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On the street & off the cuff

By Billy O'Keefe

By Breanne Coats
Pacific Lutheran University
Photo by Rachael Strecher, Columbia College

Carolyn Greer (right), 45, journeyed from her two children and volleyball league for the chance to represent her local SPJ chapter as a delegate. Greer, the immediate past-president of the SPJ Louisville Pro chapter, says she worked her way up the ladder and is currently the managing editor of the Business Journal of Louisville, Ky. Greer says she does not plan to do a lot of business card swapping and schmoozing during her fourth consecutive SPJ national convention. Instead, she hopes to learn from speakers and attendees and take those lessons back to her newsroom.
Here are some of Greer’s thoughts on journalism and the convention:
What have you learned at the convention you never would have learned in your newsroom or place of employment?
The big benefit for me is how to improve the chapter. Discussion is valuable and provokes thoughts that I wouldn’t get in my day-to-day work life.
If you were charged with creating your own seminar, what would it be about and why?
Something people could take home to their newsrooms. Last year a guy did a presentation on accuracy. I took handouts and I got his slide show. We (Greer and her staff) had a very good discussion about it.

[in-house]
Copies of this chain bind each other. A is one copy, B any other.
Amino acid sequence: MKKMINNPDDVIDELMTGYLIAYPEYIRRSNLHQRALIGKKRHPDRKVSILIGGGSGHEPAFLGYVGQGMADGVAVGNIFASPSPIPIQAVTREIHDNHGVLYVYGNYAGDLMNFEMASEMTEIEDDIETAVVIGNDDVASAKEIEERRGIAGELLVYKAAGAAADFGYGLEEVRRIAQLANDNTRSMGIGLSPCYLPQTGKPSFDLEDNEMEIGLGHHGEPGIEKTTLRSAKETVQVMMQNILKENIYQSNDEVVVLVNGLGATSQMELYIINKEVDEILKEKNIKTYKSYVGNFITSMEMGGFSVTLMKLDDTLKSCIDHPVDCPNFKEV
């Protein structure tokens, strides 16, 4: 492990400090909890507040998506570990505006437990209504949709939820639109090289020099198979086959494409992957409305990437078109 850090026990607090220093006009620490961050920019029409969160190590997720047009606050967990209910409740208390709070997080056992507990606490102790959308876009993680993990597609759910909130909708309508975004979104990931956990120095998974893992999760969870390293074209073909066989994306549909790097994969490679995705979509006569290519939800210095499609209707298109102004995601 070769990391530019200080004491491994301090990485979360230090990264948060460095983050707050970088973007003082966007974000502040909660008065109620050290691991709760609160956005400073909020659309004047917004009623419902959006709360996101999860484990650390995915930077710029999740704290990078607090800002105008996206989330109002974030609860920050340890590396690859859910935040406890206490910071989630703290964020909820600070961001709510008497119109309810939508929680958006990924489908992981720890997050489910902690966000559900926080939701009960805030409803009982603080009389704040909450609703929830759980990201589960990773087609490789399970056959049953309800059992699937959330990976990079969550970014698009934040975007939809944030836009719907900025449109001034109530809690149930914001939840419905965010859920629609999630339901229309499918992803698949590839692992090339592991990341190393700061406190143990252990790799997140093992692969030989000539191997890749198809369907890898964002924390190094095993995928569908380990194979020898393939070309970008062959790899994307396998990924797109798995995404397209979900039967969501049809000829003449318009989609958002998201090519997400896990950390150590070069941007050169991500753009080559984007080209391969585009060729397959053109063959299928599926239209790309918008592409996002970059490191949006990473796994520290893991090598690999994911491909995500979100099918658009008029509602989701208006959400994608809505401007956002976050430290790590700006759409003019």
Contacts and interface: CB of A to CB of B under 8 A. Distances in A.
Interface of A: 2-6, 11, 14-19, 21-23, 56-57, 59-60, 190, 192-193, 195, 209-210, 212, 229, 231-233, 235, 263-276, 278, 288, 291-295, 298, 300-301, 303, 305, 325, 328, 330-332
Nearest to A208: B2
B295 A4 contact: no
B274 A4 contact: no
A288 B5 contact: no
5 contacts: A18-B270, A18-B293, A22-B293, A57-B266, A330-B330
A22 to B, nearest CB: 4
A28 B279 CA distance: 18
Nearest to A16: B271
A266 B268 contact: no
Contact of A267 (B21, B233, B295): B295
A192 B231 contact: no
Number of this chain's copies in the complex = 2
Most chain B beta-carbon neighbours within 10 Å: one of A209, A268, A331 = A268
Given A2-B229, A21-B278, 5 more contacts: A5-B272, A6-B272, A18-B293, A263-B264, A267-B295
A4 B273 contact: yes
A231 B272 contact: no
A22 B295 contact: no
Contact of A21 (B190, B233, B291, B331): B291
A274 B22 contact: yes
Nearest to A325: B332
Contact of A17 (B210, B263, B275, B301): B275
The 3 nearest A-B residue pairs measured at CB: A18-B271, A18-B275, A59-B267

Name one late reporter you’d like to reincarnate and have a drink with at this conference.
Edward R. Murrow. He got so much accomplished in TV that is rarely done today. I would talk to him about whether TV can be brought back up to where it was in his day, both in terms of quality and relevance.
What is your most embarrassing moment on the job?
I’m sure there’ve been corrections we’ve had to make, but I can’t think of anything.
Who’s doing your job if you’re here?
Our paper pretty much wrapped up for the week. Usually the editor takes care of it, and my other duties are dispersed among the editors.
Is there a keynote speaker you were or are looking forward to hearing from and why?
Bill Kurtis. You never know what you are going to get.
What is the best part about being a member of SPJ?
What I like best is giving the journalists in Louisville a chance to get to know each other. I think that strengthens journalism overall.
What is the main reason you are here? How many business cards are you hoping to exchange?
The main reason I’m here is I’m a delegate for my chapter. It’s not a networking get-ahead kind of thing.
What’s the one story you haven’t been able to tell that you’d like to?
There’s a lot more than one. As a business journal we get the corporate version of deals, layoffs, whatever, but sometimes off the record we get more colorful information. We often can’t tell the more colorful stories.
What is it about journalism that you like the most?
Just being plugged into what’s going on. If I was in another profession it would take an effort to have the awareness you get automatically in the newsroom.
What prompted you to enter the field?
I just drifted into it. My sister was a journalist. In college I started as a journalism student. It all kind of fell into place.
If you were starting a newspaper, what would you call it?
The Daily Bugle would be nice, like in Spider-Man. It would depend, though, on the type of paper and the market.